So now that we established the barriers for individuals to get available, affordable, and automatic health care coverage in a previous post, let’s look at the various legislative proposals, and how they have remove or at least lessen those barriers.
SB840 (Kuehl) would make coverage more available, affordable, and automatic. It continues to be the gold standard in our advocacy.
Available? Every Californian who met the residency requirement would be eligible.
Affordable? People would pay through taxes, based on payroll taxes, rather than the costs based on job type or how sick we are.
Automatic? By doing the financing through the tax system, and with the simple eligibility, sign-up becomes automatic. Medicare has an easy, one-time sign-up, which gets all but a handful of folks to enroll.
AB8(Nunez/Perata)’s framework would take strides toward removing the barriers to get employer-based coverage, public program coverage, or insurance in the individual market. It has the virtue of building on what works in the current system and not impacting the coverage that people currently have, and avoids some of the political and procedural barriers that SB840 faces, although it doesn’t match SB840’s scope.
For employer-based coverage:
* More Available: A minimum employer contribution toward health coverage would encourage employers to make health benefits more available. So would the new, affordable option for employers of paying a fee to a statewide purchasing pool, which would then make coverage available to all the employer’s workers.
* More Affordable: The bill does place a limit on the share of premiums for workers under 300% of the federal poverty level to 5% of income. For those who qualify for public programs, they may be able to benefit from “premium assistance” that would make their employer-based coverage more afffordable. And to the extent that any minimum employer contribution is close to the actual cost of care, that provides a floor from which workers can bargain up in terms of benefits.
* More Automatic: Employer-based coverage is already pretty automatic for workers, and those workers in the statewide purchasing pool may have the additional benefit of having their coverage be portable if they shift to other employers also paying into the pool.
For public programs:
* More Available: The proposal would greatly expand coverage to low-income children and their parents, up to 300% of the federal poverty level. We would have a commitment to finally cover all children, and make coverage much more available for low-income adults, particularly parents.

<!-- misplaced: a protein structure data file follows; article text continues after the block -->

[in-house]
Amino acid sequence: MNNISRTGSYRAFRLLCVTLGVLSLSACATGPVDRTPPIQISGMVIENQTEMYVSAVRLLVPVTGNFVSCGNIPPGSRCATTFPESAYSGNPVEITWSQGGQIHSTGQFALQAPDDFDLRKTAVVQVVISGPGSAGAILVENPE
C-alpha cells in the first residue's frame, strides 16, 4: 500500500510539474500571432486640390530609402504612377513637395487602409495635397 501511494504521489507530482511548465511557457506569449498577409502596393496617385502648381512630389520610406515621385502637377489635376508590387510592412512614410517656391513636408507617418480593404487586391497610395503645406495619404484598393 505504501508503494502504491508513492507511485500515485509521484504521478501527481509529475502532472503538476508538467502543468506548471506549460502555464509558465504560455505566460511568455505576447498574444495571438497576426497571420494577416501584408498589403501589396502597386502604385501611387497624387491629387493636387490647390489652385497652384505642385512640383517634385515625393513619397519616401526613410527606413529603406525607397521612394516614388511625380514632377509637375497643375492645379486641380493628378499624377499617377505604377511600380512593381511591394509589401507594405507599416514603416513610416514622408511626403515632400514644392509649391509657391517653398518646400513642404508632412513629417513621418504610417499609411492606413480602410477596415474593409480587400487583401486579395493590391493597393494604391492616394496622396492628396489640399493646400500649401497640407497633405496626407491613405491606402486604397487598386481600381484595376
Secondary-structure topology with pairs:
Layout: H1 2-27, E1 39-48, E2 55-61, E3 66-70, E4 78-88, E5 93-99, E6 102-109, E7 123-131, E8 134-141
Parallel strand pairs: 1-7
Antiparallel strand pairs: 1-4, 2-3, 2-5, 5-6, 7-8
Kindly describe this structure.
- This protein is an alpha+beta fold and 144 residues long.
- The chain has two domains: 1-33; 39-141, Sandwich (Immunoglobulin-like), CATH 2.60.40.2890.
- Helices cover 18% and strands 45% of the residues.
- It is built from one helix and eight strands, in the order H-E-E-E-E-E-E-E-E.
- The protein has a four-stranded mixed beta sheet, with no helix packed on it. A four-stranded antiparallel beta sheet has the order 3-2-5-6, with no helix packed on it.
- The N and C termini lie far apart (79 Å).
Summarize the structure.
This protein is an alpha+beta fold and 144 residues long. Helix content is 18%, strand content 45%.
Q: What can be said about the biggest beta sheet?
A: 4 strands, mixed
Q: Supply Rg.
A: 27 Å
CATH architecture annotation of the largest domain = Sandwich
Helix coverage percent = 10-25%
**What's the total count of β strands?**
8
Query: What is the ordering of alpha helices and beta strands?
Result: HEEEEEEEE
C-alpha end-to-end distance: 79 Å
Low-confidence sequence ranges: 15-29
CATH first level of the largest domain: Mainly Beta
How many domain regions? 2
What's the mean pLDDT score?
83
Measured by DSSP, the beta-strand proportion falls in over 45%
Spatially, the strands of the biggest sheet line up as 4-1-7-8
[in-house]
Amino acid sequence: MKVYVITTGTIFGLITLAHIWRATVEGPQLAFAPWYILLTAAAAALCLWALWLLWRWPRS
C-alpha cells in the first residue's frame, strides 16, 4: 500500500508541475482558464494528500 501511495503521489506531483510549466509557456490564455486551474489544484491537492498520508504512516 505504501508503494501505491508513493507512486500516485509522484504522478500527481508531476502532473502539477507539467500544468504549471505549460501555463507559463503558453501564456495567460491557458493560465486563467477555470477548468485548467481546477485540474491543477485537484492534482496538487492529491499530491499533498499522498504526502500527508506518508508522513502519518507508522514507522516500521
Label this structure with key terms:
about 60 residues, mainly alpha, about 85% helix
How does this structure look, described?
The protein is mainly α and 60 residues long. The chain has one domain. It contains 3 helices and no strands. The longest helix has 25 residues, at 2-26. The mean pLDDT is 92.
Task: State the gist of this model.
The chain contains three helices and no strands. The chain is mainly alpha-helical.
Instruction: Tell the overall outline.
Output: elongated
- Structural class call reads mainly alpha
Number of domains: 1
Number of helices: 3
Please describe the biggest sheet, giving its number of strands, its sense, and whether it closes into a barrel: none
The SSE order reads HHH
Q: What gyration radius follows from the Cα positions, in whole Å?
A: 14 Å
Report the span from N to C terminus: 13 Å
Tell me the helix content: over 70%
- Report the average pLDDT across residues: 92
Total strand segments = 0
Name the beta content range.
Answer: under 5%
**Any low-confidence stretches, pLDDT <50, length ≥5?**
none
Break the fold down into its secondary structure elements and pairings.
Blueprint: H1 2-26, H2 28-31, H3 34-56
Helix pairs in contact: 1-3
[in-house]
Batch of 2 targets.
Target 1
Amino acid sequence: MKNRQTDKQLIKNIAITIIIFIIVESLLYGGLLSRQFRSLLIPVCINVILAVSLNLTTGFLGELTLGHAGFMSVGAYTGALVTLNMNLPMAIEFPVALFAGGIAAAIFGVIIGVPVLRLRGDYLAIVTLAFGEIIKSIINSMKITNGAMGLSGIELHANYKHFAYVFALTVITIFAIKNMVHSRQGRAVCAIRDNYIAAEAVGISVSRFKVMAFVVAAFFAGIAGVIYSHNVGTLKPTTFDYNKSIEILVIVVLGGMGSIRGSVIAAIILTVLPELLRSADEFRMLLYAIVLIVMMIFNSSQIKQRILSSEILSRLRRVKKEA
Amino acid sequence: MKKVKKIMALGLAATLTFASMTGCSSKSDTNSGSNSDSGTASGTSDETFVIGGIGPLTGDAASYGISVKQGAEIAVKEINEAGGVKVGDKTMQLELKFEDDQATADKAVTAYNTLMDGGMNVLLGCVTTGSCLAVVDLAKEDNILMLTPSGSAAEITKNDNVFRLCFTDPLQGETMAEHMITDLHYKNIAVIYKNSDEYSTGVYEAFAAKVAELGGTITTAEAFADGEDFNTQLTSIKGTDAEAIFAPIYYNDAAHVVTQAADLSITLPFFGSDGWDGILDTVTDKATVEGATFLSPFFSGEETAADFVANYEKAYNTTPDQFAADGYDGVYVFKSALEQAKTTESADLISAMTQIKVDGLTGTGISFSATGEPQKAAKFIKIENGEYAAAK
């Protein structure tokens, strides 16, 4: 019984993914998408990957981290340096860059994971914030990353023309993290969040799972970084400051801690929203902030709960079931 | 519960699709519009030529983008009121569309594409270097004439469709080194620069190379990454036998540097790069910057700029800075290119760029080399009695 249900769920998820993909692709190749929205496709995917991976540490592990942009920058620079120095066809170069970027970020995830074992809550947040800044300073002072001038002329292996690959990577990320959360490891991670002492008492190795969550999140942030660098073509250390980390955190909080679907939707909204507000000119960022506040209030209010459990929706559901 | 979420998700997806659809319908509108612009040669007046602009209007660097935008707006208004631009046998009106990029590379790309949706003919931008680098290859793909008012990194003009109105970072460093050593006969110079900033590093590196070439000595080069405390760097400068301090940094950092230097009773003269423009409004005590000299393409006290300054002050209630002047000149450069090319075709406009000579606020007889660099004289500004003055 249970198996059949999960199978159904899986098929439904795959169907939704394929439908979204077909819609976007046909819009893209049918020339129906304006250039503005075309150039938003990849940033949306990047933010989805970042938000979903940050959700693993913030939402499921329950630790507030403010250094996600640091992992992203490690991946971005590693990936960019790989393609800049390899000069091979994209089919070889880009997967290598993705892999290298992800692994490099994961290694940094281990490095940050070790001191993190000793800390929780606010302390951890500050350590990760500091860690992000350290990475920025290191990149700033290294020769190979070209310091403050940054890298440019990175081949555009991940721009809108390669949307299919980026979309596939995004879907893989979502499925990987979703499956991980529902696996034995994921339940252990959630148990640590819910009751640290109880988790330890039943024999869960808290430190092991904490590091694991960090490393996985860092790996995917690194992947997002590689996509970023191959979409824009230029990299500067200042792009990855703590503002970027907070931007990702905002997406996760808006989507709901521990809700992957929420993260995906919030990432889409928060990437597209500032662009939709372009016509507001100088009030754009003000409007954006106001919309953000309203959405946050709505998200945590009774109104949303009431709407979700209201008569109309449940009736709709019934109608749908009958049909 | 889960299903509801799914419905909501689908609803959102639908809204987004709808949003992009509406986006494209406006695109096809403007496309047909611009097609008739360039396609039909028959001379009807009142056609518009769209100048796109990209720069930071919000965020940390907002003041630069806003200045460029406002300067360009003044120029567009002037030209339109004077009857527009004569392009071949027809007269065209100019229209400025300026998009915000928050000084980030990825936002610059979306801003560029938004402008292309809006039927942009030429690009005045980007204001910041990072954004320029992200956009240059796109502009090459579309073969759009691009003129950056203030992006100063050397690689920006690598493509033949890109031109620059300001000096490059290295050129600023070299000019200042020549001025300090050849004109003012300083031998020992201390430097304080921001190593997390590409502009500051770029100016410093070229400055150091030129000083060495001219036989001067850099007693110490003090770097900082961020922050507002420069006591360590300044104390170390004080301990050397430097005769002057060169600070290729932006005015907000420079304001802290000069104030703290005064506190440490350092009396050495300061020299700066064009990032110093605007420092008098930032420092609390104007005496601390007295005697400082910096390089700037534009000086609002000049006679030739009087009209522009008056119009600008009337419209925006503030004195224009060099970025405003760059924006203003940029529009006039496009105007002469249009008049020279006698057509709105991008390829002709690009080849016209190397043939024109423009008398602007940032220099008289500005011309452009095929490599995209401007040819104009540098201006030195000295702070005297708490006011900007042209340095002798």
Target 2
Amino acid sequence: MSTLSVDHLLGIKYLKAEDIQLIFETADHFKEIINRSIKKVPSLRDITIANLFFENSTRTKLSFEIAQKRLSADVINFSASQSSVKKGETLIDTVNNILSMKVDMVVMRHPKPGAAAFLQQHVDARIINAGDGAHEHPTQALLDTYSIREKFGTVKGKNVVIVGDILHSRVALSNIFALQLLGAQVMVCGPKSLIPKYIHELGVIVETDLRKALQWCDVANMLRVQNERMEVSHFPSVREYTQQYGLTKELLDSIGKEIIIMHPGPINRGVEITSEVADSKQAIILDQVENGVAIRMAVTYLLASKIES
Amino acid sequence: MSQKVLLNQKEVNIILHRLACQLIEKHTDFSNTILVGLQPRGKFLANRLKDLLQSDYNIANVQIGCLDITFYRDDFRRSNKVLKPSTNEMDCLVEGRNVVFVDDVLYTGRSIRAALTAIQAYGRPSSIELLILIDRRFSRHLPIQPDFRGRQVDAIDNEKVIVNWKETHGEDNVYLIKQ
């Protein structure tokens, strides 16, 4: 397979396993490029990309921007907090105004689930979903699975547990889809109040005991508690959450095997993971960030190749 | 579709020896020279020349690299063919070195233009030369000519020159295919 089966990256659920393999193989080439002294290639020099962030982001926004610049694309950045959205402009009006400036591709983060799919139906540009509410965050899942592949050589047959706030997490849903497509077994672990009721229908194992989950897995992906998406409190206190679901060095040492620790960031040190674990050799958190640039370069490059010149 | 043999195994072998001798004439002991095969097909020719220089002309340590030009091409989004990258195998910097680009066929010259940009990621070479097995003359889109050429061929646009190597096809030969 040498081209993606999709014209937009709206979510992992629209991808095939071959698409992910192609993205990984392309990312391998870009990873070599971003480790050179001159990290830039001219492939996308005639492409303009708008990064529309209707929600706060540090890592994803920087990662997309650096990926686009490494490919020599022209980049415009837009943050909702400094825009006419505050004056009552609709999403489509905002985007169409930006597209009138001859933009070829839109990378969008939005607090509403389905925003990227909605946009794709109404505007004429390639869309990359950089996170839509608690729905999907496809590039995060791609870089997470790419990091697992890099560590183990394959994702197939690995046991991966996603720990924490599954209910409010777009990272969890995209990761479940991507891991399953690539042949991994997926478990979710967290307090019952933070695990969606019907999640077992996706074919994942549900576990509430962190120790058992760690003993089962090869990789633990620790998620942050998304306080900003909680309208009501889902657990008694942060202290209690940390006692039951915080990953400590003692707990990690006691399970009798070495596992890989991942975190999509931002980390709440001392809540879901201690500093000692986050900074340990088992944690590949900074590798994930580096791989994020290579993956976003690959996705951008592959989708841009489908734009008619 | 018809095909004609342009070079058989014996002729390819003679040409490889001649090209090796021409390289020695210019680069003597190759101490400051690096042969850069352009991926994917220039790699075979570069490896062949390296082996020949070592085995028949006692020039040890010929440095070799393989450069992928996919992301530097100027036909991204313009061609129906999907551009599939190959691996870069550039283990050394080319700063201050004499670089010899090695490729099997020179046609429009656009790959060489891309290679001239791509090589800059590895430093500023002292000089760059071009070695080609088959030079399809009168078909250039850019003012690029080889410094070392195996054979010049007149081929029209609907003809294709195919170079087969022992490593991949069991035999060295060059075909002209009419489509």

* More Affordable: For those newly eligible for Medi-Cal or Healthy Families, they would get an affordable product, providing more affordable coverage than anything provided privately. For those is subsidized care above the poverty level, there still would be limits on premiums and cost-sharing.
* More Automatic: In a major step, the proposal would eliminate the asset tests (which prevented people from having any savings), and effectively scrap the depravation test, and remove semi-annual status reports, all of which were significant adminsitrative barrier to getting on coverage and staying on.
For the individual market:
* More available: The companion proposal, AB2, would limit insurers’ ability to deny coverage because of pre-existing conditions, so those with relatively minor ailments would now be able to get coverage. That 3-5% of the market that would be denied would then have access to an expanded high-risk pool with an improved benefit than what is now available under MRMIP.
* More affordable: While coverage won’t be affordable, the proposal would require employers to offer Section 125 plans so that employed Californians could pay their premiums using pre-tax dollars, providing savings at 15-40%.
* More automatic: The proposal attempts to place coverage in basic tiers for better comparison’s sake, so the confusion in the individual market is not although it still won’t be easy to buy coverage, and affordable packages are not expected.
AB8 doesn’t remove all these barriers–there would still be issues, and we have sought amendments to go further, especially on affordability. But the framework does, overall, reduce the barriers that impede consumers getting the coverage they want and need.